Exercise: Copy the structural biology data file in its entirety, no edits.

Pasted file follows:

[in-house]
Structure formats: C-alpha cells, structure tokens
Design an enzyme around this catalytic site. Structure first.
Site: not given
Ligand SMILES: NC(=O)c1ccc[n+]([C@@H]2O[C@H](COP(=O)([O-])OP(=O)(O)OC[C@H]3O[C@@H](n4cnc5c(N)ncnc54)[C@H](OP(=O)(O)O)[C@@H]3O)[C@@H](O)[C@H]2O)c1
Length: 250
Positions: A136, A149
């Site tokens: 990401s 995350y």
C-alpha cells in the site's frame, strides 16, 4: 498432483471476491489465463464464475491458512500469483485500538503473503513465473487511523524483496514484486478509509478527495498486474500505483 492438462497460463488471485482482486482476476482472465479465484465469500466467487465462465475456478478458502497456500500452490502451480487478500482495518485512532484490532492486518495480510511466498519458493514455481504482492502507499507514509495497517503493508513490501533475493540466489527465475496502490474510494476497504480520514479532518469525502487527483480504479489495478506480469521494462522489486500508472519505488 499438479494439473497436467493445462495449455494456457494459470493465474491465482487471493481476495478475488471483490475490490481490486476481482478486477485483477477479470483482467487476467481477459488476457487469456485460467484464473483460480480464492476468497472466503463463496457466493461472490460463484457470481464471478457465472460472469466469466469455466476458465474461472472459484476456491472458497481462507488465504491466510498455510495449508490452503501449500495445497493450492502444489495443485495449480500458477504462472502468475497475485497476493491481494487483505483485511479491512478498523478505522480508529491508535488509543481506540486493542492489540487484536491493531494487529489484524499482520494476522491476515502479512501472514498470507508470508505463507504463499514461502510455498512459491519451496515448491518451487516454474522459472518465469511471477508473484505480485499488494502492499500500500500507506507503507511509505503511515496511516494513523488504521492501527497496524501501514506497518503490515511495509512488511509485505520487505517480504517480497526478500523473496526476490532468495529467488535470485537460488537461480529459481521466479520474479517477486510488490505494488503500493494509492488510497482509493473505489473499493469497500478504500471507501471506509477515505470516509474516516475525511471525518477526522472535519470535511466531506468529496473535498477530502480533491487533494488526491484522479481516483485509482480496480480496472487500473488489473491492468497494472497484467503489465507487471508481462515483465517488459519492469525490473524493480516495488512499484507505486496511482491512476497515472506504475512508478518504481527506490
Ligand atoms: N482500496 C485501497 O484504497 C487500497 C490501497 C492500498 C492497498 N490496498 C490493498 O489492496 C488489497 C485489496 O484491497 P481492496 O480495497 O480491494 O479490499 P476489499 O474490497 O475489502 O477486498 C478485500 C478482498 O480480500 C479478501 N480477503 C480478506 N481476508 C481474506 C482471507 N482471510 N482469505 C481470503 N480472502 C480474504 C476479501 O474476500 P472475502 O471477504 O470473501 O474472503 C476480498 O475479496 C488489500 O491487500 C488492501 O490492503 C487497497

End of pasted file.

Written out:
[in-house]
Structure formats: C-alpha cells, structure tokens
Design an enzyme around this catalytic site. Structure first.
Site: not given
Ligand SMILES: NC(=O)c1ccc[n+]([C@@H]2O[C@H](COP(=O)([O-])OP(=O)(O)OC[C@H]3O[C@@H](n4cnc5c(N)ncnc54)[C@H](OP(=O)(O)O)[C@@H]3O)[C@@H](O)[C@H]2O)c1
Length: 250
Positions: A136, A149
């Site tokens: 990401s 995350y």
C-alpha cells in the site's frame, strides 16, 4: 498432483471476491489465463464464475491458512500469483485500538503473503513465473487511523524483496514484486478509509478527495498486474500505483 492438462497460463488471485482482486482476476482472465479465484465469500466467487465462465475456478478458502497456500500452490502451480487478500482495518485512532484490532492486518495480510511466498519458493514455481504482492502507499507514509495497517503493508513490501533475493540466489527465475496502490474510494476497504480520514479532518469525502487527483480504479489495478506480469521494462522489486500508472519505488 499438479494439473497436467493445462495449455494456457494459470493465474491465482487471493481476495478475488471483490475490490481490486476481482478486477485483477477479470483482467487476467481477459488476457487469456485460467484464473483460480480464492476468497472466503463463496457466493461472490460463484457470481464471478457465472460472469466469466469455466476458465474461472472459484476456491472458497481462507488465504491466510498455510495449508490452503501449500495445497493450492502444489495443485495449480500458477504462472502468475497475485497476493491481494487483505483485511479491512478498523478505522480508529491508535488509543481506540486493542492489540487484536491493531494487529489484524499482520494476522491476515502479512501472514498470507508470508505463507504463499514461502510455498512459491519451496515448491518451487516454474522459472518465469511471477508473484505480485499488494502492499500500500500507506507503507511509505503511515496511516494513523488504521492501527497496524501501514506497518503490515511495509512488511509485505520487505517480504517480497526478500523473496526476490532468495529467488535470485537460488537461480529459481521466479520474479517477486510488490505494488503500493494509492488510497482509493473505489473499493469497500478504500471507501471506509477515505470516509474516516475525511471525518477526522472535519470535511466531506468529496473535498477530502480533491487533494488526491484522479481516483485509482480496480480496472487500473488489473491492468497494472497484467503489465507487471508481462515483465517488459519492469525490473524493480516495488512499484507505486496511482491512476497515472506504475512508478518504481527506490
Ligand atoms: N482500496 C485501497 O484504497 C487500497 C490501497 C492500498 C492497498 N490496498 C490493498 O489492496 C488489497 C485489496 O484491497 P481492496 O480495497 O480491494 O479490499 P476489499 O474490497 O475489502 O477486498 C478485500 C478482498 O480480500 C479478501 N480477503 C480478506 N481476508 C481474506 C482471507 N482471510 N482469505 C481470503 N480472502 C480474504 C476479501 O474476500 P472475502 O471477504 O470473501 O474472503 C476480498 O475479496 C488489500 O491487500 C488492501 O490492503 C487497497